Don’t miss the boat at Dugout Canoes: Paddling through the Americas, on display inside the Baker Exhibit Center through May 2, 2017. This object-rich, interactive exhibit takes visitors through North, Central and South America to explore how dugout canoes were used, and how scientists study and preserve these ancient watercrafts.
Created by the Florida Museum of Natural History at the University of Florida, this nationally known traveling exhibit is based on the world’s largest archaeological find – 101 ancient dugouts found in Newnans Lake in Alachua County, Florida. During 2000, a drought caused lake levels to drop significantly and expose the prehistoric canoes, which had been hidden for centuries. Samples were taken from the canoes, revealing that the canoes’ ages ranged from 500 to 5,000 years old. Based on this and other scientific information, Dugout Canoes features ancient artifacts, tools, videos, models and life-size vessels to tell the story of how life and travel in the Americas have been affected by the use of dugout canoes through time.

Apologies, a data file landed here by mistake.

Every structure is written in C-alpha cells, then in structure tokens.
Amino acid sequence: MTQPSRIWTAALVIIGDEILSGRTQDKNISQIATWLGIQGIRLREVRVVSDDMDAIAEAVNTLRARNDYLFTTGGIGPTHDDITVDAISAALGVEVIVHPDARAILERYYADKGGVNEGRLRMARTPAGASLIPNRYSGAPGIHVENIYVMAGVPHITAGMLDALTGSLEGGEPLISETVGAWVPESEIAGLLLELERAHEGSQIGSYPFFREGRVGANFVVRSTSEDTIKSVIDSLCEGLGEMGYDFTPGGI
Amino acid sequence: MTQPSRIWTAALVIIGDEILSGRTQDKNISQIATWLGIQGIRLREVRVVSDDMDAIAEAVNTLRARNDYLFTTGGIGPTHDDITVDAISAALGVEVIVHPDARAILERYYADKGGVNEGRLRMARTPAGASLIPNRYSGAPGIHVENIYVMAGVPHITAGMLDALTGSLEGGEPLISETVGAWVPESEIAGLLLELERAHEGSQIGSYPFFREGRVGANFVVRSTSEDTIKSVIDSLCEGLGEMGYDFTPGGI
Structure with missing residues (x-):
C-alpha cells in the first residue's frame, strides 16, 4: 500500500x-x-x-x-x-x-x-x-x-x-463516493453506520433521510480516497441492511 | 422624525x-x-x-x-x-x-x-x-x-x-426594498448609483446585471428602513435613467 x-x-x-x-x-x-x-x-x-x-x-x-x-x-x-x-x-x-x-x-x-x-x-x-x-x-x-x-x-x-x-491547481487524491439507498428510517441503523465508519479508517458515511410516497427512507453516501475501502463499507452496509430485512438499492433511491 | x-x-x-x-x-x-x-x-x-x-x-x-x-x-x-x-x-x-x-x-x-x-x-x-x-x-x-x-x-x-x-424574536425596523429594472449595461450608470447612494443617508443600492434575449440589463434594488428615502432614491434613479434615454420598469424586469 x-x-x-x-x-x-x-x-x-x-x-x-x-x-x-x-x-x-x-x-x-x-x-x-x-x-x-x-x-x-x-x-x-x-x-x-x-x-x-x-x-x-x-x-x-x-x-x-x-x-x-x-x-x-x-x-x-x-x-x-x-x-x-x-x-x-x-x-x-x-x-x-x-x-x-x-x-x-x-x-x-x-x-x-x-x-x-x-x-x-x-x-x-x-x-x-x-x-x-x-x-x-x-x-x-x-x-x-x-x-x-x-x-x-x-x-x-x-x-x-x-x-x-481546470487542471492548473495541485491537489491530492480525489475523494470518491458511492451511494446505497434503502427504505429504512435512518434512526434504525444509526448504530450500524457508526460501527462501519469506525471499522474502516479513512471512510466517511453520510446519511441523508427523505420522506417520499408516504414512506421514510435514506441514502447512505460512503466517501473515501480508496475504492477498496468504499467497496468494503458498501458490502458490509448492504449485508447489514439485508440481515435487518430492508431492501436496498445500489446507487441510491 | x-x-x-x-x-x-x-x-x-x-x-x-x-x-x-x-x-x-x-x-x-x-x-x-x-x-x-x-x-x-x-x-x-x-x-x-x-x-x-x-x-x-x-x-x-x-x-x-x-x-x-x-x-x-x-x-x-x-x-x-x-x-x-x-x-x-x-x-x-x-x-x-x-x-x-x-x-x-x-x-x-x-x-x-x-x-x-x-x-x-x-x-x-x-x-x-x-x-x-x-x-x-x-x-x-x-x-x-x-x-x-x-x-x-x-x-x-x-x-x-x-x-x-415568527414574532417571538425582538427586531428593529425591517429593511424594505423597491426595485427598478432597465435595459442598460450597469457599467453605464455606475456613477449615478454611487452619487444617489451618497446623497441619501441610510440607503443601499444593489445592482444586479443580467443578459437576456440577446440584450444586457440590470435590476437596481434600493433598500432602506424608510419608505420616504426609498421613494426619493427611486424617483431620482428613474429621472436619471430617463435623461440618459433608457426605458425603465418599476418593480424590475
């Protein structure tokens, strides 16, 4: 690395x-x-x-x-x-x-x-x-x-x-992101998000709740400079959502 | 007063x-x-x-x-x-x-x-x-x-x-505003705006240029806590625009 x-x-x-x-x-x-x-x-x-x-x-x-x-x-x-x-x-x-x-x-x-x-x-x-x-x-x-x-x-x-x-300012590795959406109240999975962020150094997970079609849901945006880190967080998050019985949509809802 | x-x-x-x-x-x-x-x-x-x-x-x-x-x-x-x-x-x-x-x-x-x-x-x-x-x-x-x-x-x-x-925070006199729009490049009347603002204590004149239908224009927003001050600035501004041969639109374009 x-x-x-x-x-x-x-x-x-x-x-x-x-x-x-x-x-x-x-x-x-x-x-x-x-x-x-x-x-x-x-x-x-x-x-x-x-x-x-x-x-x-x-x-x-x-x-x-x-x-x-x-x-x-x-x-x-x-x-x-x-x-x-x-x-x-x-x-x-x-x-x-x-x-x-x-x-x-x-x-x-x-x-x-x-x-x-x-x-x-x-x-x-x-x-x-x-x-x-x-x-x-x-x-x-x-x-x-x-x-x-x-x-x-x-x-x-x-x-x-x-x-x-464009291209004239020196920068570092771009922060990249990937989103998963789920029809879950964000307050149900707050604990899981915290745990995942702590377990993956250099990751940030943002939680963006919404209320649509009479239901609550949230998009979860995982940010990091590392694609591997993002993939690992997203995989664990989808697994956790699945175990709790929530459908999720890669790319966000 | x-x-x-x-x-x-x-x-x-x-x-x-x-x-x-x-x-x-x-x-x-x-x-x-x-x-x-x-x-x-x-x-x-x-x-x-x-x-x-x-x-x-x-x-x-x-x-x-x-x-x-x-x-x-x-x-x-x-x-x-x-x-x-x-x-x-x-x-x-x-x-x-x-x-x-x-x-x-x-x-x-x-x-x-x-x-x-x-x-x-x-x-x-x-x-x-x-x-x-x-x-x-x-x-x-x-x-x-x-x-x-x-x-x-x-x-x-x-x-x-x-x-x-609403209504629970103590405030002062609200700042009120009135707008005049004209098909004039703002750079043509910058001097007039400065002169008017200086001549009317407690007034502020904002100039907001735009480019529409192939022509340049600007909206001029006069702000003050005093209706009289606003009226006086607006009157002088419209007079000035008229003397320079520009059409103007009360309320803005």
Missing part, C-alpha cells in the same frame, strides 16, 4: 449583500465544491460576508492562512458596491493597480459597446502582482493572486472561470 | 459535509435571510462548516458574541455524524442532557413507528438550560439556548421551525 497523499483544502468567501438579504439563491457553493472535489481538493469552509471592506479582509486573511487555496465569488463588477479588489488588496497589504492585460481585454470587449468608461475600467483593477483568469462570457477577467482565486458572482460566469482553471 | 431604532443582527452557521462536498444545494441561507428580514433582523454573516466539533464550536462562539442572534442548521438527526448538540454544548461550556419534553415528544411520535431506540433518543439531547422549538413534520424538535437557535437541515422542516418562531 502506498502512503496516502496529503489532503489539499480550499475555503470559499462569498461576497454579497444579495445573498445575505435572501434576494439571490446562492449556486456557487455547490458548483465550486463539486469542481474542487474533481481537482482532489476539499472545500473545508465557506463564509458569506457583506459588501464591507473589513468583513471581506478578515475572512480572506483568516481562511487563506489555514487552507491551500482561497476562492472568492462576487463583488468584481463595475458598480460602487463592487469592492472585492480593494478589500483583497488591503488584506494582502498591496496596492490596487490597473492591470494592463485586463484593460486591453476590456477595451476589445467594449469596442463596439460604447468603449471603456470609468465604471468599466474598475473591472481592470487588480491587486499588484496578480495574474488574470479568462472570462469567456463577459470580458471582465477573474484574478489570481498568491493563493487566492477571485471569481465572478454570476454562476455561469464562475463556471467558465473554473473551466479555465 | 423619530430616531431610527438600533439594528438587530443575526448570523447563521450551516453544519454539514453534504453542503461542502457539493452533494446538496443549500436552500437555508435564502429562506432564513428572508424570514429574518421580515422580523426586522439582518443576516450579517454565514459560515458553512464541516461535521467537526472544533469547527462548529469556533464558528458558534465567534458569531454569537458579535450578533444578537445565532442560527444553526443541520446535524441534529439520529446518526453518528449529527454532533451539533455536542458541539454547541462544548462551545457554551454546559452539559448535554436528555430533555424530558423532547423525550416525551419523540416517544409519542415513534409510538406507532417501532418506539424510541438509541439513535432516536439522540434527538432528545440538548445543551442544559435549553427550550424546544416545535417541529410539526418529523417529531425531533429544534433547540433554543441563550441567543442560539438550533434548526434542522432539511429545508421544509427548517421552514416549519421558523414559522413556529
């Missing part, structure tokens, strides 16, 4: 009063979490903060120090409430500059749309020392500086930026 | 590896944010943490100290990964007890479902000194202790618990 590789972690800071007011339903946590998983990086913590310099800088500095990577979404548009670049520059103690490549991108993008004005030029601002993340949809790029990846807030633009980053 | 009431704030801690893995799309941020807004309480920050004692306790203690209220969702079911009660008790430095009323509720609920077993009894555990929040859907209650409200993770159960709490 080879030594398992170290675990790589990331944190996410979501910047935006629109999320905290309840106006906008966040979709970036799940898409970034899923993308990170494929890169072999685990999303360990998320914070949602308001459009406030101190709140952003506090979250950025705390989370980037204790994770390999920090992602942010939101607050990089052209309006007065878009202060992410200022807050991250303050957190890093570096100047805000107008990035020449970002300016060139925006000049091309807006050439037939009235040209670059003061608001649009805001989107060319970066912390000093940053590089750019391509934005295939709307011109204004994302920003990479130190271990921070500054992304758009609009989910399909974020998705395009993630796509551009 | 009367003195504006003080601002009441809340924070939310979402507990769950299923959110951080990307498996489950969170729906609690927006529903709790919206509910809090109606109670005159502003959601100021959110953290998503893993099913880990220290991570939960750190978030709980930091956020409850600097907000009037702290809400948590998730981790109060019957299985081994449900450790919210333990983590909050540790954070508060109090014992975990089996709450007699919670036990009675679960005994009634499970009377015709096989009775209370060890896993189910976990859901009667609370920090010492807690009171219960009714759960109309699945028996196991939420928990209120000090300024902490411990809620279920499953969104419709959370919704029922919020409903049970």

Dugout Canoes: Paddling through the Americas is open daily from 9 a.m. – 5 p.m. inside the Baker Exhibit Center. The Arboretum has also created educational programs around this exhibit as part of its youth education field trip offerings, and the exhibit is offered in both English and Spanish.
Exhibit support for Dugout Canoes is provided in part by The North Carolina Arboretum Society, RomanticAsheville.com Travel Guide and Smoky Mountain Living Magazine. Dugout Canoes: Paddling through the Americas was produced by the Florida Museum of Natural History with support from the AEC Trust, Lastinger Family Foundation, State of Florida and VisitGainesville.